Connecting Roots DC: Community Gardens/Community Health

Over the past few years, William Penn Quaker Workcamps has become involved in the urban garden movement, with a commitment to do what we can to remove economic barriers to healthy food. Starting with gleaning and then community gardens, this year we have started installing raised gardens in the yards and on porches of DC residents. Many of these residents live in underserved communities, often in "food deserts".

Our goal for this first year was to install 25 such gardens. The response for these, however, has been fantastic and we have installed over 50, with a growing waiting list. But this work is not just about installing a garden. It is about building bridges and building relationships. People from as far as Burma and Germany have helped in this work, thus seeing parts of the nation's capital that few people see. As importantly, DC residents are getting to know each other as we break down the geographical and economic barriers that divide this city. And we are transforming our relationship to the ground around us. As one long-time DC resident and garden recipient said, "I now look at my whole yard differently because of this garden."

As we turn to another growing season, we are entering into an exciting collaboration with two DC-area organizations involved in farming and food-justice. DC Urban Greens and Everybody Grows DC are helping us bring sustainability, increased community engagement, education and innovation to our shared vision of healthy foods and healthy communities. 

We invite you to follow along on our Community Gardens facebook page. We also welcome you to join us installing the gardens or helping us to check in with recipients to see how things are growing. We will also have community events to celebrate what is happening and the relationships that are growing.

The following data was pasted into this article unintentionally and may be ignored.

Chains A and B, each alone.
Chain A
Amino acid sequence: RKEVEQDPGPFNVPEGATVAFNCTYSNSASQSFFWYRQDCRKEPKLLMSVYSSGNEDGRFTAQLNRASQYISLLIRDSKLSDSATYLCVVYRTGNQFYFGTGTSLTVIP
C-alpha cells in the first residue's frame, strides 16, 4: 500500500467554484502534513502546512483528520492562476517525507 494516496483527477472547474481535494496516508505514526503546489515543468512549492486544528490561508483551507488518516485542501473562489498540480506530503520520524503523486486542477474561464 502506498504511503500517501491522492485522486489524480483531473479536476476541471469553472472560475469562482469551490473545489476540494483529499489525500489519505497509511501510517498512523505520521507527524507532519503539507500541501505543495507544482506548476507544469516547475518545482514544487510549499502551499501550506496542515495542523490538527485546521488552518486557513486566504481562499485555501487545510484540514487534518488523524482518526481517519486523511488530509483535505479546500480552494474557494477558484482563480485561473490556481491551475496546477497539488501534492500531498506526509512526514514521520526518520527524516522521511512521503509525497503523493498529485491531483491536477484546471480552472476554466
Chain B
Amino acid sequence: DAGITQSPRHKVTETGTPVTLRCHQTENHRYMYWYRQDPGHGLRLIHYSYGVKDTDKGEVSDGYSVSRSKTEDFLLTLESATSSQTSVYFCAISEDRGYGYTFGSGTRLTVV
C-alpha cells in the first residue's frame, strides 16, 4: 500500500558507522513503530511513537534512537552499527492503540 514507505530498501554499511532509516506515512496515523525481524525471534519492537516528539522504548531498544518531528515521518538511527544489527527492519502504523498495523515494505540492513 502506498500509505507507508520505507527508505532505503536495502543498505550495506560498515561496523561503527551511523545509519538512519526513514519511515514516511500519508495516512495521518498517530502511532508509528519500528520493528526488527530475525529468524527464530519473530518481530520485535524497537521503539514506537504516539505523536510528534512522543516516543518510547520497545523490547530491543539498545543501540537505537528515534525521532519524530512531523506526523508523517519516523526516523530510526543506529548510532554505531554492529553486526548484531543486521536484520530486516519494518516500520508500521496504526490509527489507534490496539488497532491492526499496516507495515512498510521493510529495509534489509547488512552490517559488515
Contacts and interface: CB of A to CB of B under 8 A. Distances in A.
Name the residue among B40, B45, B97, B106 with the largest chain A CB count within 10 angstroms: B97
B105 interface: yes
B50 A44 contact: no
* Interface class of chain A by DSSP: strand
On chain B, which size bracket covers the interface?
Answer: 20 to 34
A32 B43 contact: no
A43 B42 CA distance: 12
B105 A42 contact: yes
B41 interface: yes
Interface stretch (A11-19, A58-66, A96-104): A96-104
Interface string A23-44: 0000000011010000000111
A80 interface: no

How we got started

In January, 4th grade students from Sidwell Friends School spent a few hours at William Penn House starting to cut wood and put together shelves for plant seedlings. As the winter wore on, some seedlings - primarily collard greens and kale - were planted and nurtured. Then, in early April, students from Burke School helped us to get organized for our first day of garden installation.


The first day in the community, we were joined by a church group from Pennsylvania. We installed 3 gardens, learning and creating as we went. What quickly started happening was neighbors saw what we were doing and aksed for their own garden. Since then, word-of-mouth has been the primary means of advertizing.


We will continue to install gardens as we can while making sure to go back and see how what has been planted is doing. As much as possible we will be utilizing Quaker Workcamp groups but we are also counting on the energetic efforts of young adults who are spending the summer with us as they learn more about DC, organization and leadership.

Meeting for Worship: Daily at 7:30 AM.
515 East Capitol Street, SE Washington, D.C. 20003   •   (202) 543-5560   •   info@williampennhouse.org